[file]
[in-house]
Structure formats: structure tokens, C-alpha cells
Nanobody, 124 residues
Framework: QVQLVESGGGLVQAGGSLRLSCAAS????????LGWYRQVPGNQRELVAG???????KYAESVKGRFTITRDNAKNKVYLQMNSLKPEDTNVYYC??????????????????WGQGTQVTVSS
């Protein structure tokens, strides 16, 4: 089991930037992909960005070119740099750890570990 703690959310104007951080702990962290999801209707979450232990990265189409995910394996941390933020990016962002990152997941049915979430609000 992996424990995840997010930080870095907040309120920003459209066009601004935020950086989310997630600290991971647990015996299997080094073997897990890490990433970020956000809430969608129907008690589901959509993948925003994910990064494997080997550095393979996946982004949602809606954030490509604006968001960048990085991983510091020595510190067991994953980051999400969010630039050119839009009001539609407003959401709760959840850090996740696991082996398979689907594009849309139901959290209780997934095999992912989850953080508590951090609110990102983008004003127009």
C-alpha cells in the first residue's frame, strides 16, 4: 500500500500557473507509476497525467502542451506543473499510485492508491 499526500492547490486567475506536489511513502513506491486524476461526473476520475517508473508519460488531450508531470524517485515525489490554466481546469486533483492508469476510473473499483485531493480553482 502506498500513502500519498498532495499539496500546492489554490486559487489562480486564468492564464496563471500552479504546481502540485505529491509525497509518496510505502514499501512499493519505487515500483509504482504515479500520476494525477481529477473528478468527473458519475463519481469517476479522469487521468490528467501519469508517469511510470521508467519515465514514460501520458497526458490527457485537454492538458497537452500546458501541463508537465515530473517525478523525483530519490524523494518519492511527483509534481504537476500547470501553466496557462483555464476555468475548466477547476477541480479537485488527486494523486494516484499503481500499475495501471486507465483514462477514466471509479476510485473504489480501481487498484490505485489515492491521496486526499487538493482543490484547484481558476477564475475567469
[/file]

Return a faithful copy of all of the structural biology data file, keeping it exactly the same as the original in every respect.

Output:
[in-house]
Structure formats: structure tokens, C-alpha cells
Nanobody, 124 residues
Framework: QVQLVESGGGLVQAGGSLRLSCAAS????????LGWYRQVPGNQRELVAG???????KYAESVKGRFTITRDNAKNKVYLQMNSLKPEDTNVYYC??????????????????WGQGTQVTVSS
């Protein structure tokens, strides 16, 4: 089991930037992909960005070119740099750890570990 703690959310104007951080702990962290999801209707979450232990990265189409995910394996941390933020990016962002990152997941049915979430609000 992996424990995840997010930080870095907040309120920003459209066009601004935020950086989310997630600290991971647990015996299997080094073997897990890490990433970020956000809430969608129907008690589901959509993948925003994910990064494997080997550095393979996946982004949602809606954030490509604006968001960048990085991983510091020595510190067991994953980051999400969010630039050119839009009001539609407003959401709760959840850090996740696991082996398979689907594009849309139901959290209780997934095999992912989850953080508590951090609110990102983008004003127009």
C-alpha cells in the first residue's frame, strides 16, 4: 500500500500557473507509476497525467502542451506543473499510485492508491 499526500492547490486567475506536489511513502513506491486524476461526473476520475517508473508519460488531450508531470524517485515525489490554466481546469486533483492508469476510473473499483485531493480553482 502506498500513502500519498498532495499539496500546492489554490486559487489562480486564468492564464496563471500552479504546481502540485505529491509525497509518496510505502514499501512499493519505487515500483509504482504515479500520476494525477481529477473528478468527473458519475463519481469517476479522469487521468490528467501519469508517469511510470521508467519515465514514460501520458497526458490527457485537454492538458497537452500546458501541463508537465515530473517525478523525483530519490524523494518519492511527483509534481504537476500547470501553466496557462483555464476555468475548466477547476477541480479537485488527486494523486494516484499503481500499475495501471486507465483514462477514466471509479476510485473504489480501481487498484490505485489515492491521496486526499487538493482543490484547484481558476477564475475567469